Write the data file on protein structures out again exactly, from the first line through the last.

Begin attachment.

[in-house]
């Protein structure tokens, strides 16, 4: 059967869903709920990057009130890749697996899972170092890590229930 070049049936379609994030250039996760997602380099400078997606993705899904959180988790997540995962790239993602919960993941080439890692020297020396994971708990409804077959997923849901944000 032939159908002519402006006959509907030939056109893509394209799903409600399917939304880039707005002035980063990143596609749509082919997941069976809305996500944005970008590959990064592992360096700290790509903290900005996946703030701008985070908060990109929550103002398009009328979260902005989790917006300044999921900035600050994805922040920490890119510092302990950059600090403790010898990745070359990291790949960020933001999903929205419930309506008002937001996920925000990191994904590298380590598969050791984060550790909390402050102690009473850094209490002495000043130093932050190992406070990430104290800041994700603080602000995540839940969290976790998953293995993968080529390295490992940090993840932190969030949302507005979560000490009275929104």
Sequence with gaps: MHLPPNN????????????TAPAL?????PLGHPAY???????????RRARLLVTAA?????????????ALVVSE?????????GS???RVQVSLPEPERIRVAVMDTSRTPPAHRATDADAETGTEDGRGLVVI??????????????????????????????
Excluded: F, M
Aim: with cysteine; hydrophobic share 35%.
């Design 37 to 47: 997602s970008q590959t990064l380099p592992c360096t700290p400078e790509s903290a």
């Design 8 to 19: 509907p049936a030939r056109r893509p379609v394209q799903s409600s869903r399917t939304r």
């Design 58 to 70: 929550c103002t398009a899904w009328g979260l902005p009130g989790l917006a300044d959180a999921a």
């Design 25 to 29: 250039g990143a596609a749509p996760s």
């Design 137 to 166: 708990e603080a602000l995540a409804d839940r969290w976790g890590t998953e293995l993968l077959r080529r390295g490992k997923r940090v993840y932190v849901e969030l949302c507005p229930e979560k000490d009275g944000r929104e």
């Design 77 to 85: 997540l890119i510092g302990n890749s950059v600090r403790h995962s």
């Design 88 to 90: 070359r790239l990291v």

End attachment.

[in-house]
């Protein structure tokens, strides 16, 4: 059967869903709920990057009130890749697996899972170092890590229930 070049049936379609994030250039996760997602380099400078997606993705899904959180988790997540995962790239993602919960993941080439890692020297020396994971708990409804077959997923849901944000 032939159908002519402006006959509907030939056109893509394209799903409600399917939304880039707005002035980063990143596609749509082919997941069976809305996500944005970008590959990064592992360096700290790509903290900005996946703030701008985070908060990109929550103002398009009328979260902005989790917006300044999921900035600050994805922040920490890119510092302990950059600090403790010898990745070359990291790949960020933001999903929205419930309506008002937001996920925000990191994904590298380590598969050791984060550790909390402050102690009473850094209490002495000043130093932050190992406070990430104290800041994700603080602000995540839940969290976790998953293995993968080529390295490992940090993840932190969030949302507005979560000490009275929104």
Sequence with gaps: MHLPPNN????????????TAPAL?????PLGHPAY???????????RRARLLVTAA?????????????ALVVSE?????????GS???RVQVSLPEPERIRVAVMDTSRTPPAHRATDADAETGTEDGRGLVVI??????????????????????????????
Excluded: F, M
Aim: with cysteine; hydrophobic share 35%.
């Design 37 to 47: 997602s970008q590959t990064l380099p592992c360096t700290p400078e790509s903290a």
């Design 8 to 19: 509907p049936a030939r056109r893509p379609v394209q799903s409600s869903r399917t939304r």
């Design 58 to 70: 929550c103002t398009a899904w009328g979260l902005p009130g989790l917006a300044d959180a999921a």
């Design 25 to 29: 250039g990143a596609a749509p996760s």
């Design 137 to 166: 708990e603080a602000l995540a409804d839940r969290w976790g890590t998953e293995l993968l077959r080529r390295g490992k997923r940090v993840y932190v849901e969030l949302c507005p229930e979560k000490d009275g944000r929104e």
């Design 77 to 85: 997540l890119i510092g302990n890749s950059v600090r403790h995962s």
């Design 88 to 90: 070359r790239l990291v």